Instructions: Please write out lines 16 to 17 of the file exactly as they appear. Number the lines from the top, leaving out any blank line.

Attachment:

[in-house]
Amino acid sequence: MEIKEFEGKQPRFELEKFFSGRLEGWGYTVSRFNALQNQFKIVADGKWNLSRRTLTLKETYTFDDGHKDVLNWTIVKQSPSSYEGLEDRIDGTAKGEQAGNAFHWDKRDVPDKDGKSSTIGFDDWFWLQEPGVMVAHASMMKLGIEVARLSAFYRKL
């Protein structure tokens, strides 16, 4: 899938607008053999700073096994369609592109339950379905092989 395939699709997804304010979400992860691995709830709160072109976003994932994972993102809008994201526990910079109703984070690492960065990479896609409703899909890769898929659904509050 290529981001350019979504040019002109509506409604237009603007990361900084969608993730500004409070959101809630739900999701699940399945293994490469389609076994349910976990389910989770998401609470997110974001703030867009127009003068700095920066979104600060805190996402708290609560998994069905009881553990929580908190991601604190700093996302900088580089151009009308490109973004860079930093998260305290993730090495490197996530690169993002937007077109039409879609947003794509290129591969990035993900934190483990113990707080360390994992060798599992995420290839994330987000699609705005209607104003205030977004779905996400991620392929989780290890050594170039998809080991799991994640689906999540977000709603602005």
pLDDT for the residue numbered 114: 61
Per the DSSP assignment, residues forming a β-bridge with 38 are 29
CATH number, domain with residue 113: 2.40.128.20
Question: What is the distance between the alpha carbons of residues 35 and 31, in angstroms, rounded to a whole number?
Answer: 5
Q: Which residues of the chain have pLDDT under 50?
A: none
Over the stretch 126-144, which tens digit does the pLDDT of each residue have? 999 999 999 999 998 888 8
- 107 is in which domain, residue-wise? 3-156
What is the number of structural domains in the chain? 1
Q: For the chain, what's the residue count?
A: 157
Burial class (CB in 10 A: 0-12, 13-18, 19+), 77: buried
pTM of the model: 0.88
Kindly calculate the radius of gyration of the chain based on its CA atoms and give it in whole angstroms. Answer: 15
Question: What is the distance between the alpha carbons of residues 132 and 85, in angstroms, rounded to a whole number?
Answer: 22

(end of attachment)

Burial class (CB in 10 A: 0-12, 13-18, 19+), 77: buried
pTM of the model: 0.88